In this novel by Stone (A Town Called Jericho, 1992), who died in 2007, a retired Israeli intelligence analyst playing detective stalks the adulterous wife of a jealous husband.
Levin doesn’t respect Kaye, doesn’t trust Kaye, doesn’t even like Kaye. But after a life spent armed and disguised on secret government missions, maybe it’s just the thrill of the chase that lures him to play sleuth. So at the behest of his nonpaying client, Levin hides behind a copy of the Holy Land Times and watches Deborah Kaye sip on cappuccino at a café, sitting near, but not with, an art historian named Weiss. Are they lovers? Levin thinks so. If they are, their affair ends in calamity when Weiss is found shot to death, a crime the police ascribe to terrorists. Now it’s Deborah’s turn to seek Levin’s help. She confronts him at the Dead Sea spa of Ein Gedi and, claiming to be Weiss’s cousin, asks him to find the killer. Soon Levin is waiting eagerly by the phone for Deborah’s call. As he ponders the turn of fate that made Semite cousins into irreconcilable foes, he falls deeper under the spell of a woman he barely knows.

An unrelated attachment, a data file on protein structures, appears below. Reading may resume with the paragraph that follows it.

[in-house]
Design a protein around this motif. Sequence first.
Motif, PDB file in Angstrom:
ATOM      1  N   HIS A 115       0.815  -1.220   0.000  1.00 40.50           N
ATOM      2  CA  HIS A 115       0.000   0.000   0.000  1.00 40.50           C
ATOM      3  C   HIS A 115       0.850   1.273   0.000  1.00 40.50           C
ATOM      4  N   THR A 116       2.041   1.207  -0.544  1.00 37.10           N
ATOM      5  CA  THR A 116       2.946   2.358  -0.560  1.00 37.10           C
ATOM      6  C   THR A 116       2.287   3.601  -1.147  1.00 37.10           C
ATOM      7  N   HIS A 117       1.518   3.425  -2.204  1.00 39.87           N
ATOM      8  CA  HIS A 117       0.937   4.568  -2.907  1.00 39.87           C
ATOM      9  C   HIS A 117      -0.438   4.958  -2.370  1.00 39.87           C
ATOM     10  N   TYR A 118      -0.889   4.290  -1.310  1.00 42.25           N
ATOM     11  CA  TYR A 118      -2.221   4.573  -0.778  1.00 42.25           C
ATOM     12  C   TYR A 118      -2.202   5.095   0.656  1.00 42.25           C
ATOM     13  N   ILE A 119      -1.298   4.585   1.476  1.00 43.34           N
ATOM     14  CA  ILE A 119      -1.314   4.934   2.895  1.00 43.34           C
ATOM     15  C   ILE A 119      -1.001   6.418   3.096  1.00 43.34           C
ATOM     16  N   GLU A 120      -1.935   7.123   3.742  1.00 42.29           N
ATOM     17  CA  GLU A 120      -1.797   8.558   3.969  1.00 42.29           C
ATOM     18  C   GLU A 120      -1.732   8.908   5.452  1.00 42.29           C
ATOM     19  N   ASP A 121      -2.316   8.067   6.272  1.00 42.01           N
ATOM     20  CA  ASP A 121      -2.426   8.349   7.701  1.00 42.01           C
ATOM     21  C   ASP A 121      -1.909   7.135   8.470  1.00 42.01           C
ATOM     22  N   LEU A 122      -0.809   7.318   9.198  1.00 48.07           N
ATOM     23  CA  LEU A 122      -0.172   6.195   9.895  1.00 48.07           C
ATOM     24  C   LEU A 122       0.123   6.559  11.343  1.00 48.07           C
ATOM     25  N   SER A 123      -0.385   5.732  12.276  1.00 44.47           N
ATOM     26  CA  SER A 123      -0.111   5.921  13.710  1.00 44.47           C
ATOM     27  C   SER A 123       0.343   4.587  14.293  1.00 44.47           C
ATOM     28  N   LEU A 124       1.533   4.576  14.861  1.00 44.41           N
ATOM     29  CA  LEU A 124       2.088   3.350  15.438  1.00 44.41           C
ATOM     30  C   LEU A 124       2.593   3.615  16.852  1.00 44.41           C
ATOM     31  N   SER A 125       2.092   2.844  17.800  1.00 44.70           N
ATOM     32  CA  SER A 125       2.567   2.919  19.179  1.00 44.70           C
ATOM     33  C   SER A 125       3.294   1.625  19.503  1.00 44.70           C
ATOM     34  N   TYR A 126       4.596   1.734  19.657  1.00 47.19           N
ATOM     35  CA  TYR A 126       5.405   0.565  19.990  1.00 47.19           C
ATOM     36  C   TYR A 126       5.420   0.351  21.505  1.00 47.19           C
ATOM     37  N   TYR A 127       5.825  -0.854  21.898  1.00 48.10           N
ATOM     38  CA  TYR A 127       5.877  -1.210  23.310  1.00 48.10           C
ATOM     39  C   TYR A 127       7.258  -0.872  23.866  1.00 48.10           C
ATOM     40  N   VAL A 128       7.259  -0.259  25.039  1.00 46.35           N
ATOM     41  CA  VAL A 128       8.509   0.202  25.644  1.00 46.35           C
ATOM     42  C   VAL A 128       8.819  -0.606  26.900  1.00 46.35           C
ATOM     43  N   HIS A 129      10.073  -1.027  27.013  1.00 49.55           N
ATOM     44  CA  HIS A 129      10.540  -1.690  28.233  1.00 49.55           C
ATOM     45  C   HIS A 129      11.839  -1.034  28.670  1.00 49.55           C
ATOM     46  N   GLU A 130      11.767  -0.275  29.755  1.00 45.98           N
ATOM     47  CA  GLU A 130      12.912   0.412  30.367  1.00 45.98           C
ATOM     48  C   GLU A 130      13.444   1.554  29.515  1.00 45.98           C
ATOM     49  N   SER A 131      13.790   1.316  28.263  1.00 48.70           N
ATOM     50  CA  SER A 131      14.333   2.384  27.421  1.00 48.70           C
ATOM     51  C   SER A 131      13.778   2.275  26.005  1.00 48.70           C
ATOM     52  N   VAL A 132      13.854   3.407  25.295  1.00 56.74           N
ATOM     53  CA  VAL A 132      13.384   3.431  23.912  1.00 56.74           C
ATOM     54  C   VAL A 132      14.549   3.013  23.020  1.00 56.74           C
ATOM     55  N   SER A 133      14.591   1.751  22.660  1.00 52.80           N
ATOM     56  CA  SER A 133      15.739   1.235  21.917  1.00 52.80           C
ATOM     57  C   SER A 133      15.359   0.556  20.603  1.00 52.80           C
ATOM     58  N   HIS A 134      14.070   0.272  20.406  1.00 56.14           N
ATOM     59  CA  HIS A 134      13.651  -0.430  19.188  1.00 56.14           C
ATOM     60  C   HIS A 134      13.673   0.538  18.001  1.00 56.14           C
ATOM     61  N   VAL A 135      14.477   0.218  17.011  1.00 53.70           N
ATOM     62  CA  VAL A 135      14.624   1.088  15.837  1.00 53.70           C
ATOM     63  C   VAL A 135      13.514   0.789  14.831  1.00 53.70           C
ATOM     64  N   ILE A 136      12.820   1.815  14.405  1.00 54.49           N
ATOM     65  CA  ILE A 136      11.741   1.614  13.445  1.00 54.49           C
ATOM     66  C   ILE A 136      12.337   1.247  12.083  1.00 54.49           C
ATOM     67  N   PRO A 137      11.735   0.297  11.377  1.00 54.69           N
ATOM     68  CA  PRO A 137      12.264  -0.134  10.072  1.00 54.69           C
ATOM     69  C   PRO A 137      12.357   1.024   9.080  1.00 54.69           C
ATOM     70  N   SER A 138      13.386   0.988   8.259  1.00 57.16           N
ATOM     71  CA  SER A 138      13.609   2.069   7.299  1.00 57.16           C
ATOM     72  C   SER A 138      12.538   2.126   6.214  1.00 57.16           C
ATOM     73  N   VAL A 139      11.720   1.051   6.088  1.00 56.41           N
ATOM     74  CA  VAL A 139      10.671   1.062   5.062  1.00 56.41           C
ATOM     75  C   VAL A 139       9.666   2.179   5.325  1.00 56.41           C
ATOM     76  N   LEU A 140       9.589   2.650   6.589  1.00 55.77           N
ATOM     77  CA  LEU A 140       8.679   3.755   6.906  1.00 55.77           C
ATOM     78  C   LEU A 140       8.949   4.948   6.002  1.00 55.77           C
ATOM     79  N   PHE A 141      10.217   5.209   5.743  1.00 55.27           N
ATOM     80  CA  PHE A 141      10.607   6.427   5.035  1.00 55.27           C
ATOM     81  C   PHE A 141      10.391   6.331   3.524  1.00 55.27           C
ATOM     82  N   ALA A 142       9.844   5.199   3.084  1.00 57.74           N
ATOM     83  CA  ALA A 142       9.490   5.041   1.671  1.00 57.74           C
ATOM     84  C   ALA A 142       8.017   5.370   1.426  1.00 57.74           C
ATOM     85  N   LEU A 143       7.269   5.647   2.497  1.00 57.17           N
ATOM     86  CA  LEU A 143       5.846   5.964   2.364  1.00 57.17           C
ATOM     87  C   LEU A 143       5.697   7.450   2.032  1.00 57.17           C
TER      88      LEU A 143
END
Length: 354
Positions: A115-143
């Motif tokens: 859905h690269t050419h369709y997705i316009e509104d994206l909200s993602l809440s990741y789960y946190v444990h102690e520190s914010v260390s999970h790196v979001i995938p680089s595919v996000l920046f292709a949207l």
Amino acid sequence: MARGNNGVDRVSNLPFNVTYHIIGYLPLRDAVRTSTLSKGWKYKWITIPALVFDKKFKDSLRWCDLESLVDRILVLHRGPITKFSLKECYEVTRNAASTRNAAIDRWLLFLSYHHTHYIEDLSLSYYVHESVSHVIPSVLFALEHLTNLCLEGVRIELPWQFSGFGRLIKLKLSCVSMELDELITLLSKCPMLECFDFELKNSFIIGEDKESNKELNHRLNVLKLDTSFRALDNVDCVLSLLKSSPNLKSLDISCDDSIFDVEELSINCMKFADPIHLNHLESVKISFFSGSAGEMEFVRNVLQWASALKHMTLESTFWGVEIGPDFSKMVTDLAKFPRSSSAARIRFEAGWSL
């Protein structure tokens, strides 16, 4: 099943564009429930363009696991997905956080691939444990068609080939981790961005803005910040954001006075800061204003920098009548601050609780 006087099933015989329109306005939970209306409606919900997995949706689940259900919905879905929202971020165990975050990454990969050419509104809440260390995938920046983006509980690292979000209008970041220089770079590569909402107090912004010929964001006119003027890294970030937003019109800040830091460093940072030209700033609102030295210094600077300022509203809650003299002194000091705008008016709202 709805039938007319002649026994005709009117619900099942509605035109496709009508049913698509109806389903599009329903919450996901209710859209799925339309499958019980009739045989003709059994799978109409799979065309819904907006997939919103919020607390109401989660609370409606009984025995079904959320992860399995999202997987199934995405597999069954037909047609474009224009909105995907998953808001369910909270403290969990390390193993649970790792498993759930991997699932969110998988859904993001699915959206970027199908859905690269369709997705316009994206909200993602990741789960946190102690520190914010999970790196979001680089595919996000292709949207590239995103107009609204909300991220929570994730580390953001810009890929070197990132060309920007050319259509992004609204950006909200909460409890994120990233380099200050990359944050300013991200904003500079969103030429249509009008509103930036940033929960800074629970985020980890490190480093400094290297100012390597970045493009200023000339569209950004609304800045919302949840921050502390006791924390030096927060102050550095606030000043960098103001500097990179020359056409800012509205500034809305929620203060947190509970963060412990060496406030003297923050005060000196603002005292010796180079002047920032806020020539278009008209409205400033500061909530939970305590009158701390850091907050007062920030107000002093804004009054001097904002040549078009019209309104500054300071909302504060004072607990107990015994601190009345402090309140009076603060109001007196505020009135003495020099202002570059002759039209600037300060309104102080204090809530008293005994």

The line between hunter and hunted, like the line between Arab and Jew, is razor-thin in this spare, pensive but never brooding study of obsessive love.